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Re: Shooting of the Week

Postby Michael on Sat Feb 24, 2018 9:02 am

Ian C. Kuzushi wrote:Well, it ain't easy, like I said. I don't think a ban is feasible given the Constitution, but I already said that.

So, a comprehensive approach including but perhaps not limited to, universally enforced gun regulation (common sense stuff like training, screening, and licensing), universal health care including mental health care, working to lessen the stigma of mental illness, and putting more resources into education.

Also, curtailing jingoism and negative othering.

That's where I'd start.

A different kind of screening than what we have now, something other than the NCIS background check?

If the 2nd amendment means you can't ban guns, how does the 1st amendment come into play with your suggestion to curtail jingoism and negative othering?
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Re: Shooting of the Week

Postby Michael on Sat Feb 24, 2018 9:03 am

Ian C. Kuzushi wrote:Sorry, I missed it the first time around and edited above. Sorry for the out of order post.

No worries. Cross posting now.
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Re: Shooting of the Week

Postby Ian C. Kuzushi on Sat Feb 24, 2018 9:30 am

I don't think jingoism or much of anything else should be banned as in made illegal. But, I think good education and other social infrastructure made available to everyone will make a big dent in that.

As for background checks: yes, they are insufficient. Also, you can still in some cases get guns without them. And, the uneven application of laws is a major problem (most guns used in Chicago come from across state lines, etc...).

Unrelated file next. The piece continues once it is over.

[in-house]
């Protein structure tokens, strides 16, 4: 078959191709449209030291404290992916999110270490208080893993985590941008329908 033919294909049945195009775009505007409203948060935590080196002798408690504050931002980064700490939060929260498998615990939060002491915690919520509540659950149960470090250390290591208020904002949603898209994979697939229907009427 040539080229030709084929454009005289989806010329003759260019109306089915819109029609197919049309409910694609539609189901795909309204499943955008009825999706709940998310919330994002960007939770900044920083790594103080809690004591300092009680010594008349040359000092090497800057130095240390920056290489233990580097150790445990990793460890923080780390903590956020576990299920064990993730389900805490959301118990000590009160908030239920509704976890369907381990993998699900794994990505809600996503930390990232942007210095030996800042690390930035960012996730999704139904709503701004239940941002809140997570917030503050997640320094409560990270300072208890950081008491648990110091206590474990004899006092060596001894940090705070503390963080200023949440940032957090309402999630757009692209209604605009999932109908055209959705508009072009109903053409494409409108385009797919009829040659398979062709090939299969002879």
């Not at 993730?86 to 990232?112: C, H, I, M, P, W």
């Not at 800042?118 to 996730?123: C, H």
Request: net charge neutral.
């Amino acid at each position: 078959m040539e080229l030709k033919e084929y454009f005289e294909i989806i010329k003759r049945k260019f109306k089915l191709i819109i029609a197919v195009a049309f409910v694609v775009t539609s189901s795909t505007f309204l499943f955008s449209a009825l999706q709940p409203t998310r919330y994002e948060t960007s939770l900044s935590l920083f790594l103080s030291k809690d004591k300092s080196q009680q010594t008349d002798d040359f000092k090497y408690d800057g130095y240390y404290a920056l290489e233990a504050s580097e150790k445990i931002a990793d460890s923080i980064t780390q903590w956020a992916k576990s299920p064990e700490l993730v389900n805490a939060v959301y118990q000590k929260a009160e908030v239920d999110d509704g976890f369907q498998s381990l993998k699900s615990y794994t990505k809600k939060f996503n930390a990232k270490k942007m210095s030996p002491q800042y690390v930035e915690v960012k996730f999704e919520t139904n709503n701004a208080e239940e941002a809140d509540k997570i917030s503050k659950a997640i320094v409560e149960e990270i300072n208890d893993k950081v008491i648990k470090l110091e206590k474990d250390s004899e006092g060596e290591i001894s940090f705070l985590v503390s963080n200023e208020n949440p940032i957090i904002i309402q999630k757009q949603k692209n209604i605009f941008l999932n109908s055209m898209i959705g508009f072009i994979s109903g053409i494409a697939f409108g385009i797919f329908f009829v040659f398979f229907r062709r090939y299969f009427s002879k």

Honestly, I don't have a hard opinion on this issue. It's clearly very complex and needs to be approached with nuance. I'm still listening and thinking about it a lot.
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Re: Shooting of the Week

Postby windwalker on Sat Feb 24, 2018 6:19 pm

In the semiconductor industry they have what are called "Hazmat teams, personnel specially trained to handle dangerous goods, which include materials that are radioactive, flammable, explosive, corrosive, oxidizing, asphyxiating, biohazardous, toxic, pathogenic, or allergenic."

Why not have some type of specialty for teachers that identify and qualify them to be on a team that reacts to active shooters in a school as well as other
threats not yet identified. There could be a pay incentive to go along with the additional training and responsibilities. Of course this team like the hazmat teams would have to undergo training, testing and continued training to keep their certification as do the hazmat teams.

The gun issue is in part a states right issue as to how the laws used and type of enforcement, which is why each state may have different approaches regarding fire arms. No state can ban firearms but they can make it harder to own them legally.

For those calling for more back ground checks ect.

In CA

"Before buying firearms in California, fill out and submit a Personal Firearms Eligibility Check request form to see if you're eligible. If you are, take the test to receive your Firearm Safety Certificate. Once you pass the test, visit a gun dealer, choose the firearm you'd like to purchase, and fill out an application. Wait up to 10 days for your application to get approved and then pick up your new firearm. For tips on preparing for your Firearm Safety Certificate test, scroll down!" https://www.wikihow.com/Buy-Firearms-in-California

If one needs a proof of ID to buy a gun, 2nd amendment right,,,would this deny that right to those with no ID

they can still vote, also a right out lined in the constitution.

"In most cases, California voters are not required to show identification before they cast ballots. Non-photographic forms of ID allowed at polling places as of 2013. Non-photographic forms of ID allowed at polling places. ... Photo ID was required to vote in the 2012 elections."